There are many life events that are associated with different ages. Early on it is Bar Mitzvahs and Sweet Sixteen parties. In the twenties, it’s graduating college, marriage and having kids . In your fifties the kids graduate, become independent, and parents become elderly. I am not a glass half empty kind of guy, but there is a lot of change in the fifties that creates a new reality, a new norm.
And it happens quickly. I’m now playing in old guy softball and basketball leagues. My kids routinely beat me in hoop and as they celebrate, I’m taking Advil. When I auditioned for Survivor, my son suggested that if I got picked that I’d be the old guy on the show. The problem is, I don’t see myself that way. Thinning hair notwithstanding. I still slide in softball and dive on the basketball court, although the next day it takes me longer to get out of bed. It’s all good, I now am OK with this new norm.
What’s important is that I have learned is not just to memorize every line from Pulp Fiction, but to also look at new things and not be overwhelmed because they are different, and to embrace the positive aspects and revel in whatever comes next.
My Mom had a long slow battle with cancer that she lost three years ago; something that many of us unfortunately experience as we age. I was incredibly sad, of course, and, it created a lot of apprehension in other areas of my life. Would I keep in touch with my sisters when she was gone? Would I know what’s going on in my niece and nephews lives, and they with my kids? A new reality was scary to think about, but. here I am three years later, and my sisters and I do keep in touch, probably even more so now. We spend holidays together and the kids remain in contact. Rather than dwelling on past conflicts, we have embraced the new norm, and I appreciate them more than ever. Out of sadness came positivity.
I am fortunate to have a solid group of friends that each enrich my life in different ways. As I have gotten older, many of those friendships have changed for one reason or another and I am OK with the change. I have a buddy with whom I played cards, trained for the marathons and spoke to all the time. Now we talk and see each other much less frequently. When we do talk, we fall into the same routines, same stupid jokes. Instead of lamenting that we don’t see each other much, we simply drink martinis and try to take each other’s money at the poker table and it is all good. The new norm.
I also have two very close childhood friends who are like brothers. Even those friendships have changed and evolved, and our conversations have a new tone. Don’t get me wrong, we still have heated debates about which movie was better – 48 Hours or Trading Places, but, the new norm is that we listen to each other, and try to help navigate through things like relationships, finances, health, fitness goals, etc. We offer advice and input, usually over a plate of nachos and it is therapeutic. Of course, we still discuss which Charlie’s Angel was the hottest. After all, it can’t all be new all the time.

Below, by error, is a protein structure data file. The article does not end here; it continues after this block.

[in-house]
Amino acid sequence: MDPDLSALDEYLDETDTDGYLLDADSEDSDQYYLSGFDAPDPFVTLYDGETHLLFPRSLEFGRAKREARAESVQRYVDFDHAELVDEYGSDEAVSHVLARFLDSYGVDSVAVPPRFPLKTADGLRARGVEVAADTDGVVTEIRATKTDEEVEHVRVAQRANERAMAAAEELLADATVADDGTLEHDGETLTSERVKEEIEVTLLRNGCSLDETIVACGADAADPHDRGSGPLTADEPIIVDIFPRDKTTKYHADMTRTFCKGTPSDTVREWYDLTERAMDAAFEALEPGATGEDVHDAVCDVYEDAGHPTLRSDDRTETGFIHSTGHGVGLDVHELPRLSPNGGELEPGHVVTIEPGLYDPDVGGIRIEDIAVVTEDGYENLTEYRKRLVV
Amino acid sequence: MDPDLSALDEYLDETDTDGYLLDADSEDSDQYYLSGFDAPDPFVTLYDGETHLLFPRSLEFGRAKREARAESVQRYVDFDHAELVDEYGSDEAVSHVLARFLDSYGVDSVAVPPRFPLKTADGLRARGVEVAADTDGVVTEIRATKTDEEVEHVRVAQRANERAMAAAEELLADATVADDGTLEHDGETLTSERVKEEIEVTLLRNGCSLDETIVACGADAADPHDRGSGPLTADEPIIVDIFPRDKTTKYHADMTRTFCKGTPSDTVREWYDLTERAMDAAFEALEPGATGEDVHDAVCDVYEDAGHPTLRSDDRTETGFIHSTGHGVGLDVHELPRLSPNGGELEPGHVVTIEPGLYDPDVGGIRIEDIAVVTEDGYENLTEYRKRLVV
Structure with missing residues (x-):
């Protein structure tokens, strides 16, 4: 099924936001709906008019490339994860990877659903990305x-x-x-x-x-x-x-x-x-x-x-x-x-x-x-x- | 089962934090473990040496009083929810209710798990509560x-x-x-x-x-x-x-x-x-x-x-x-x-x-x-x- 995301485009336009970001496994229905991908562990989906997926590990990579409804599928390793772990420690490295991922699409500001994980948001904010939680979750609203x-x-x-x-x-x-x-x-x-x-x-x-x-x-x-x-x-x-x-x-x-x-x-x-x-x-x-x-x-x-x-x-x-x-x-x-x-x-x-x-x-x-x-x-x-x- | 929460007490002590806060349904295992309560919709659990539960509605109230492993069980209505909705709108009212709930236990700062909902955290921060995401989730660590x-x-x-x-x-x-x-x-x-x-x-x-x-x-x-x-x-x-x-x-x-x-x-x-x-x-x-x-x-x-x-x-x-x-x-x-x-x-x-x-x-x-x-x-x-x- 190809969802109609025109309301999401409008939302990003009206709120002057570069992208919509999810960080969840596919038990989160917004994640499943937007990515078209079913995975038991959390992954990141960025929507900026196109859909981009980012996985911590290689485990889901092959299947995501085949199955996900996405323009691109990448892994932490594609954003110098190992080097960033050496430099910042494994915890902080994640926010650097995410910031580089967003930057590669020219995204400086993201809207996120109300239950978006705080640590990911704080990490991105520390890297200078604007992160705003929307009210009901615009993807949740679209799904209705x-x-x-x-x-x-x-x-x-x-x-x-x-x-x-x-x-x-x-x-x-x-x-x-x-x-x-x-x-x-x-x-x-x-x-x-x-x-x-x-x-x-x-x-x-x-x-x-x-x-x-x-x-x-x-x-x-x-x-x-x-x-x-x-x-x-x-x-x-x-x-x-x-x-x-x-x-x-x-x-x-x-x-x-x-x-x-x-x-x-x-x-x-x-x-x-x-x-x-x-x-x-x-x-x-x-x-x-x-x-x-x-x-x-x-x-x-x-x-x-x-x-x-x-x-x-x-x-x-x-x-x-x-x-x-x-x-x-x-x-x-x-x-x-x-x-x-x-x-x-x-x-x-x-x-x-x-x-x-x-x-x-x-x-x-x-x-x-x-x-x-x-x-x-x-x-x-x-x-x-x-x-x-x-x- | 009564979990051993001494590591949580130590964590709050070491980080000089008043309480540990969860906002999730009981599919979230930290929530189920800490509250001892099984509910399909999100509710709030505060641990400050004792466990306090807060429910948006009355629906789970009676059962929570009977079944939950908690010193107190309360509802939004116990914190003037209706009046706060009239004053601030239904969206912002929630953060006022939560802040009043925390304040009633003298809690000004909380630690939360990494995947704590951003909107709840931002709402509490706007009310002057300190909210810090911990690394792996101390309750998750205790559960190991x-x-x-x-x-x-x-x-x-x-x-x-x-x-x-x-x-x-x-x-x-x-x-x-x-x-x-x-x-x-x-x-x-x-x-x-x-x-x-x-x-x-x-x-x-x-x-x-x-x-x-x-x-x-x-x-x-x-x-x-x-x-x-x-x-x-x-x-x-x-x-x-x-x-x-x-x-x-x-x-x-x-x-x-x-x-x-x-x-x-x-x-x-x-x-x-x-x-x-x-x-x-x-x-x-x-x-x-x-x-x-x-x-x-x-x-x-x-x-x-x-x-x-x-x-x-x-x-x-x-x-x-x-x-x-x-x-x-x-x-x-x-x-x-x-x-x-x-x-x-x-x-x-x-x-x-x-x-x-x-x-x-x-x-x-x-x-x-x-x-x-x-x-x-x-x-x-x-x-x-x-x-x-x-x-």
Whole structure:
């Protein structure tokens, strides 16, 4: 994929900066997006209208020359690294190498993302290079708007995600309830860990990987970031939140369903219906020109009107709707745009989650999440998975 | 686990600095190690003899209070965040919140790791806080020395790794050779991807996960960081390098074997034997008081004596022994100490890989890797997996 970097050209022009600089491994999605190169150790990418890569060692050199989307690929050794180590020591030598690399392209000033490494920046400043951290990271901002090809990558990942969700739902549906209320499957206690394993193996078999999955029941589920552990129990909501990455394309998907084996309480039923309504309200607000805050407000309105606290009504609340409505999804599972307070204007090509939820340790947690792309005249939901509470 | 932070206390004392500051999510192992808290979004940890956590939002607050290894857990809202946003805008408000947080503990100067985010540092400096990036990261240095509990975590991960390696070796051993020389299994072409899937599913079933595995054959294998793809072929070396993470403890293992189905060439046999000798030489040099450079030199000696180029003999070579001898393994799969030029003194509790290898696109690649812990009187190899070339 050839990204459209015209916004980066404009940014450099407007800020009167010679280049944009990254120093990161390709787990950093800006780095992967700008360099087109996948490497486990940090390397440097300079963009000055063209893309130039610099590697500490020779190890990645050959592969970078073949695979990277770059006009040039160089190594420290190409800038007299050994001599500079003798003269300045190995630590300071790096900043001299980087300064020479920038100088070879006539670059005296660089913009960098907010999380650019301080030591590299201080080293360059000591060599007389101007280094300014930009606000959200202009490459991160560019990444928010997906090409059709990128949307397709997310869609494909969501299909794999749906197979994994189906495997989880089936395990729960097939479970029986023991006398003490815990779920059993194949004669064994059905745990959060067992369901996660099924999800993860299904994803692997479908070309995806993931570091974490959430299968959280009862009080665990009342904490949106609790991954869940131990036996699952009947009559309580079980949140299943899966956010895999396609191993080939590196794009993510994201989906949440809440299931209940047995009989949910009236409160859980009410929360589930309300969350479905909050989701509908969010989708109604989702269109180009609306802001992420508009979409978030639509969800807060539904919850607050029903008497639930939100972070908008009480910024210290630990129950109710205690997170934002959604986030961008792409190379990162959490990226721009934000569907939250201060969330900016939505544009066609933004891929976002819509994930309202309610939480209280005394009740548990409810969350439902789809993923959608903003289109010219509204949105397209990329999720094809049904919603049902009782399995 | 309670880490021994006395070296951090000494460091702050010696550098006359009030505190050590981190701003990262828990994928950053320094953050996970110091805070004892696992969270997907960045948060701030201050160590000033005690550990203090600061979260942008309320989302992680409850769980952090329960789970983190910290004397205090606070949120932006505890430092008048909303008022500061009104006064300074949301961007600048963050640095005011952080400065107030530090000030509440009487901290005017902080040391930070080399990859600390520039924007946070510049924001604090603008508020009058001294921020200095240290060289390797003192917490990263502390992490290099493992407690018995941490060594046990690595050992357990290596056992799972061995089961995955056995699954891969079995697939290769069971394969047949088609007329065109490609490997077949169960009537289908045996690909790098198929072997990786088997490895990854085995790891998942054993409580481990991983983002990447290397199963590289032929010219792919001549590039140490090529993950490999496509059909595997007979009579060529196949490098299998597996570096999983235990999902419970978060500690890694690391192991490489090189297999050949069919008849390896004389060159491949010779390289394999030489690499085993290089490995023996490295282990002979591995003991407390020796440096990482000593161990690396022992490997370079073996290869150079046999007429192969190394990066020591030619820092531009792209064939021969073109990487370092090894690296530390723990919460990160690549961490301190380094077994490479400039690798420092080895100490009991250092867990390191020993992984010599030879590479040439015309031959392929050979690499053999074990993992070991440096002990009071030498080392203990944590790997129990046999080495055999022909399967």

In the book, Tuesdays with Morrie – Mitch Albom talks about his relationship with his professor who was dying. Mitch writes that even though Morrie could no longer even walk or stand, and couldn’t do all the things he loved anymore, he appreciated learning new things more than ever before. He was confined to a wheelchair and couldn’t dance, but cherished listening to music. Morrie could no longer take his regular hikes, but spent hours staring at the leaves changing colors from his window. He didn’t feel sorry for himself. He embraced his new norm. This is a good lesson for all of us.
Being divorced created a lot of change in my life. It was very hard not to be with my kids 24/7 and not to feel guilty. My kids were also growing up, and didn’t necessarily need me as much as they once did. I lamented their becoming capable, independent young men. Last week, my youngest texted me that he was in TJ Maxx shopping for clothes. This from a kid who six months earlier modeled his fashion choices after Bill Belichick on the sideline. But, I digress….
It’s not always easy, but it’s important to embrace change. Instead of being bummed that my son is away at college in the Midwest, I am happy for him and proud. I know he is spreading his wings and learning and thriving. Rather than being upset that my youngest is driving and independent, I make plans to try to meet him so he can beat me at basketball when he’s going to be at the gym.
Pick whatever cliché works best for you – seeing the forest through the trees, waking up to smell the roses, whatever you prefer. In our fifties there are a lot of changes and adjustments, and you know what? While it may not be a piece of cake to establish a new norm we can do and flourish. After all, I wouldn’t blow smoke up your ass…,(sorry, couldn’t resist one more cliché).